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PUMPING OUT PLASTIC

China is refining more oil than the US for the first time

REUTERS/Stringer/File Photo
China incentivizes oil refineries to boost operations when the oil price is low, largely to support the domestic plastics industry.
  • Tim McDonnell
By Tim McDonnell

Climate reporter

The US, home to more oil refineries than any other country, lost its title to China as the world’s largest refiner of raw crude oil in 2020. China began refining more crude oil into gasoline and other products for the first time during the pandemic, according to new data from the US Energy Information Administration (EIA), and it has largely remained in the lead.

The upset is largely due to the pandemic-related drop in demand for gasoline and jet fuel in the US, EIA reported. With fewer customers, low prices, and much less crude as US producers curbed drilling, refiners had little reason to operate. But Chinese oil refiners were primed to respond in the opposite way to oil price fluctuations: When oil prices fall, the government pays Chinese refiners to ramp up production. So while the pandemic-related refining stall in China was short-lived, by the time oil prices hit a record low in April 2020, refining activity had surged ahead of the US for the first time.

That’s a bad omen for the world’s plastic pollution crisis. China is eager to lower costs for virgin plastic production (rather than using recycled materials), and the pandemic gave that effort a big boost. China currently has at least four major new refineries under construction, and up to 80% of that planned capacity will be dedicated to producing plastic feedstocks like ethylene and propylene by 2025. China’s policy, EIA said, is motivated in part by “a long-term plan to independently meet its feedstock needs for plastic production and shift away from importing feedstocks.”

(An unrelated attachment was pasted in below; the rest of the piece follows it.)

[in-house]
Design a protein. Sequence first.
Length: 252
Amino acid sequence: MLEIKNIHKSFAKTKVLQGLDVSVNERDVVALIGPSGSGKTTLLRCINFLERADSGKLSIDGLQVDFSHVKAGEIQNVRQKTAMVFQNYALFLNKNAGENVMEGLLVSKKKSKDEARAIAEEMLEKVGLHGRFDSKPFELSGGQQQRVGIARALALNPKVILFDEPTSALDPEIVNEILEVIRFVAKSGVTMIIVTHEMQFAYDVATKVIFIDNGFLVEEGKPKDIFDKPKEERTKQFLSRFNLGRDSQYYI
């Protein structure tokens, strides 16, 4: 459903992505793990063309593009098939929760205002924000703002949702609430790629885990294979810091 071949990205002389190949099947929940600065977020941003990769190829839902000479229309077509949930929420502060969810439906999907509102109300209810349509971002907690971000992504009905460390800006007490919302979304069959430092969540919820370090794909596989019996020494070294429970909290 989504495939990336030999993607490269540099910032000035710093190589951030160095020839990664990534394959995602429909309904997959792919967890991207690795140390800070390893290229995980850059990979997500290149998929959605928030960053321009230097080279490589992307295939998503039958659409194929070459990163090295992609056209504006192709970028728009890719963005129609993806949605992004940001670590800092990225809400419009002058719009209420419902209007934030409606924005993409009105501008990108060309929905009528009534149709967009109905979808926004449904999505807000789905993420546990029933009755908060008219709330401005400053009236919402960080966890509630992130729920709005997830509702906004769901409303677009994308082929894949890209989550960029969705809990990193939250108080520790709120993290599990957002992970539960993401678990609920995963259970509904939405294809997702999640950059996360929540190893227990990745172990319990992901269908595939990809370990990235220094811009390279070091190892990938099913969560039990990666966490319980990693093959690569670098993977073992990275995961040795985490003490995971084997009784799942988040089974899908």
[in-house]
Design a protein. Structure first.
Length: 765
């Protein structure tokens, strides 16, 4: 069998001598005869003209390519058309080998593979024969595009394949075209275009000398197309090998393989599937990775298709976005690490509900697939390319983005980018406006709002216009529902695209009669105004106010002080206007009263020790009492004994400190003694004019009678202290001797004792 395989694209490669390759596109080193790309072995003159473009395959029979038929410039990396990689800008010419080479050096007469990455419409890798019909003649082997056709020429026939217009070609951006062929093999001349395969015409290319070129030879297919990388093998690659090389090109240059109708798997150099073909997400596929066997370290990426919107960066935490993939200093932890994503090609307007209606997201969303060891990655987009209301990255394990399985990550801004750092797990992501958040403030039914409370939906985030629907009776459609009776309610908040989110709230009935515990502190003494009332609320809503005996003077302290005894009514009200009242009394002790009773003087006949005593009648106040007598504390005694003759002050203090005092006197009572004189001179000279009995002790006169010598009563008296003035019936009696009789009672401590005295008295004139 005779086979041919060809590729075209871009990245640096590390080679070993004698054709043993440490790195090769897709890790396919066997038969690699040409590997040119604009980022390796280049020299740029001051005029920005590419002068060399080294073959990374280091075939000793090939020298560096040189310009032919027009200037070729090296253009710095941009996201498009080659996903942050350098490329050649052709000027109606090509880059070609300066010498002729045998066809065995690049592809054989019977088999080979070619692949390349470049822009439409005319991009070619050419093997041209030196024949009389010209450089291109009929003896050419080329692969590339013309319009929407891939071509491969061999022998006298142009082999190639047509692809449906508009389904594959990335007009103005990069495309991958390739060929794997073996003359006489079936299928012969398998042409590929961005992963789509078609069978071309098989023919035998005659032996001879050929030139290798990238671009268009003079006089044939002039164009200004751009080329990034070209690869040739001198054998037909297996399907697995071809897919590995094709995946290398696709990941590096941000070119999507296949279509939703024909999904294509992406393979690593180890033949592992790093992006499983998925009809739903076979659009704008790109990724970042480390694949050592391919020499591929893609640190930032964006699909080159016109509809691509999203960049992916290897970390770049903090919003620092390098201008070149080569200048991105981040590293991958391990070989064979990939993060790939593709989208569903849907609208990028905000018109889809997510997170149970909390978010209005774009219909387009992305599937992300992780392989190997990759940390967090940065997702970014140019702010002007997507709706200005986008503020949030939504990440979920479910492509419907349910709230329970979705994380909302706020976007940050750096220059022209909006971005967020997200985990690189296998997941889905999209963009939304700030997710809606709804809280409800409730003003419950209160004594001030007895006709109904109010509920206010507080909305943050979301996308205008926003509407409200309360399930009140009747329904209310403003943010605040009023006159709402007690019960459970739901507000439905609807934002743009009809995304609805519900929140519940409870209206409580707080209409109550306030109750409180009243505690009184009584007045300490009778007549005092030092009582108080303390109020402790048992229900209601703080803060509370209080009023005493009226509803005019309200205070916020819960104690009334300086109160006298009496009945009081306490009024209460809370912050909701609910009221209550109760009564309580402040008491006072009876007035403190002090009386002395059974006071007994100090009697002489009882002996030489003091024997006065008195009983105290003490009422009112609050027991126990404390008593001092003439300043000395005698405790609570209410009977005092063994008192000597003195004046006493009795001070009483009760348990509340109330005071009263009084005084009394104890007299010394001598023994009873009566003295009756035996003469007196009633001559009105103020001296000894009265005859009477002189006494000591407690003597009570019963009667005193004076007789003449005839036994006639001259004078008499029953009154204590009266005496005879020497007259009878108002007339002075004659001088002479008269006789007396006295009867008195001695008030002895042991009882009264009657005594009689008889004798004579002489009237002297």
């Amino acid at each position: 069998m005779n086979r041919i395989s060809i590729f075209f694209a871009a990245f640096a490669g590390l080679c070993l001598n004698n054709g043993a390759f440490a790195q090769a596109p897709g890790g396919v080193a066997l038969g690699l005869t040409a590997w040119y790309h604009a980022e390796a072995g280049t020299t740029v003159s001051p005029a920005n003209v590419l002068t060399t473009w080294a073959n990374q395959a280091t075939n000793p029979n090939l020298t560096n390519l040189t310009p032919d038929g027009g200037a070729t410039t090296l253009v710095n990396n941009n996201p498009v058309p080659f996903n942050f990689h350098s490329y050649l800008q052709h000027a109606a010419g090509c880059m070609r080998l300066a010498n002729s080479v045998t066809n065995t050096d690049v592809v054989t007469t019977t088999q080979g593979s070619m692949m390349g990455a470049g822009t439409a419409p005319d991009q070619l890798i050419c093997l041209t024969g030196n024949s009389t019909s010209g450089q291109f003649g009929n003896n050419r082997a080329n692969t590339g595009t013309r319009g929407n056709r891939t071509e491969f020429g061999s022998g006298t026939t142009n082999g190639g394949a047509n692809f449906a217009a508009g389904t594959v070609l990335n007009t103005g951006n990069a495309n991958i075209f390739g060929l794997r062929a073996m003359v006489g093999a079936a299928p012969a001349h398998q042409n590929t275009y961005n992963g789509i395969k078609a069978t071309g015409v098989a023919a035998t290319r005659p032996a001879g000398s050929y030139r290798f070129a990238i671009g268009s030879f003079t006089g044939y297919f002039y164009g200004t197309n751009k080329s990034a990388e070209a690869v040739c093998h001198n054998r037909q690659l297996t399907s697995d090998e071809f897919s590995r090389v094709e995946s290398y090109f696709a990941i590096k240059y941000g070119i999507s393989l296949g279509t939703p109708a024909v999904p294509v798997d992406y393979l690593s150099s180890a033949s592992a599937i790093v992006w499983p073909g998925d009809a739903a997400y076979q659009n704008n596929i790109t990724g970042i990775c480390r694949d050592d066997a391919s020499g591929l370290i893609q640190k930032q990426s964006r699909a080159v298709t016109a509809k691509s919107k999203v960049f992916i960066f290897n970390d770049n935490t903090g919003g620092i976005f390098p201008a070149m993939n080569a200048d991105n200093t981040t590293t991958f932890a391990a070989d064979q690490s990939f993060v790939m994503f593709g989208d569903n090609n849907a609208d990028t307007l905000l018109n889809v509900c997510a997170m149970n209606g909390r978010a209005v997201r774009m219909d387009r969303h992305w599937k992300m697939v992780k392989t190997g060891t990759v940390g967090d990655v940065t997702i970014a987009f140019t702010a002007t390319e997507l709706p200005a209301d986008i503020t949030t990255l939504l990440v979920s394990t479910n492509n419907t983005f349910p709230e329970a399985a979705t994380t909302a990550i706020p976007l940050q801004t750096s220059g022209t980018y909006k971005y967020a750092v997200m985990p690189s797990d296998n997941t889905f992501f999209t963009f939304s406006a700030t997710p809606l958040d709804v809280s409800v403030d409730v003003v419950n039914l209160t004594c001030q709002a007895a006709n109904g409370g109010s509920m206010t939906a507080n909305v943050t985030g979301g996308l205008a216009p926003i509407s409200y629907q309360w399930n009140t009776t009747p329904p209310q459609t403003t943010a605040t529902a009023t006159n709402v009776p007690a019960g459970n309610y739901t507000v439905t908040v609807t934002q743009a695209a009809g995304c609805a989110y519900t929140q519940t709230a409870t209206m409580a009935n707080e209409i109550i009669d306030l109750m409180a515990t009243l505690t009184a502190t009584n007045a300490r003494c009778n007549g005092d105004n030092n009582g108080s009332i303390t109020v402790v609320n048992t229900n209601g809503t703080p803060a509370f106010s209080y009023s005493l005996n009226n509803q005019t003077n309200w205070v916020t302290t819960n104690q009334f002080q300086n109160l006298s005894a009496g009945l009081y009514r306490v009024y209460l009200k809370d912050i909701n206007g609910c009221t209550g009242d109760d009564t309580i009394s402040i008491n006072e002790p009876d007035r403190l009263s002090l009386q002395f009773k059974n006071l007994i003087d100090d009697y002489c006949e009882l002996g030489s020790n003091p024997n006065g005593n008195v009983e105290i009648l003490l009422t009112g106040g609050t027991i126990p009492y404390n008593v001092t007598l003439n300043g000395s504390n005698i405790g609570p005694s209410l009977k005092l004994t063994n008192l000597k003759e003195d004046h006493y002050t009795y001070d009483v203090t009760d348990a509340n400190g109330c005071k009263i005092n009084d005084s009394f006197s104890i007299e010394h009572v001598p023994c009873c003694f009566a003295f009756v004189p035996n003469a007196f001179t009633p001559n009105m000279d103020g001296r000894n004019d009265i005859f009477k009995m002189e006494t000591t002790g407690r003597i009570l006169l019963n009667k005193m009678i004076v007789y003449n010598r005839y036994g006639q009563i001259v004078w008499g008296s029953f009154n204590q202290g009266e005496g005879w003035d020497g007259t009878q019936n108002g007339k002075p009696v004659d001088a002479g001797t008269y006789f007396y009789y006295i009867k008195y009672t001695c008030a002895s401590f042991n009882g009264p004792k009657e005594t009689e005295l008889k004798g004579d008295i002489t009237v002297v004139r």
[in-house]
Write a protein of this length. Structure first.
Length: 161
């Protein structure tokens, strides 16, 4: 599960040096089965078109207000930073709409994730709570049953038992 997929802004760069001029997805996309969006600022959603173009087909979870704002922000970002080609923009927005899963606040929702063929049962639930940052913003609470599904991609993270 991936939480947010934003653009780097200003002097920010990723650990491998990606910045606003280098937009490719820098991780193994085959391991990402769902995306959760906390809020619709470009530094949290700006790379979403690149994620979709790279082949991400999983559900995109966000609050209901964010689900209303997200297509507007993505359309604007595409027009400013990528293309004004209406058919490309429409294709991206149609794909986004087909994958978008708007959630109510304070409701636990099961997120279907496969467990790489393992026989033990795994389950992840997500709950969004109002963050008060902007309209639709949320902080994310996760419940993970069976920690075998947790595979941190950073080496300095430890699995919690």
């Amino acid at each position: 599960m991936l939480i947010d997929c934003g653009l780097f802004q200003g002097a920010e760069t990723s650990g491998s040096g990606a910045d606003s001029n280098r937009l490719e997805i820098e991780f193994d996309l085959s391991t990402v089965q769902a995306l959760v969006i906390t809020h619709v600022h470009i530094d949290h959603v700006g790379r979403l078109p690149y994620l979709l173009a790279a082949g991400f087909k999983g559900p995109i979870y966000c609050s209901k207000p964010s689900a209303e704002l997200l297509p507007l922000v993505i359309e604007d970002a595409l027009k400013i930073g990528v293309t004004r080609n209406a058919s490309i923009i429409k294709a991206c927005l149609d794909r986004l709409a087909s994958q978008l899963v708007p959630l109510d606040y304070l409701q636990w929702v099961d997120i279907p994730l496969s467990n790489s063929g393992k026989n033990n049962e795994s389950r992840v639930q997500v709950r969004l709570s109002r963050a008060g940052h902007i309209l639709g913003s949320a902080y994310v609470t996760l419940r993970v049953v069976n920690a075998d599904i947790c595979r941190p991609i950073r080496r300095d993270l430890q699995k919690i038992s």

US oil production is expected to fall again this year, despite rising oil prices, although demand for gasoline is rising, and US refining activity is expected to top China by the end of 2021, EIA projects. In the meantime, the rise in domestic refining has already given Chinese plastic producers an edge: Global prices for plastics feedstocks shot to record highs after a winter storm in Texas this February (where most US refineries are located) shut down more than half of US plastic feedstock production capacity.

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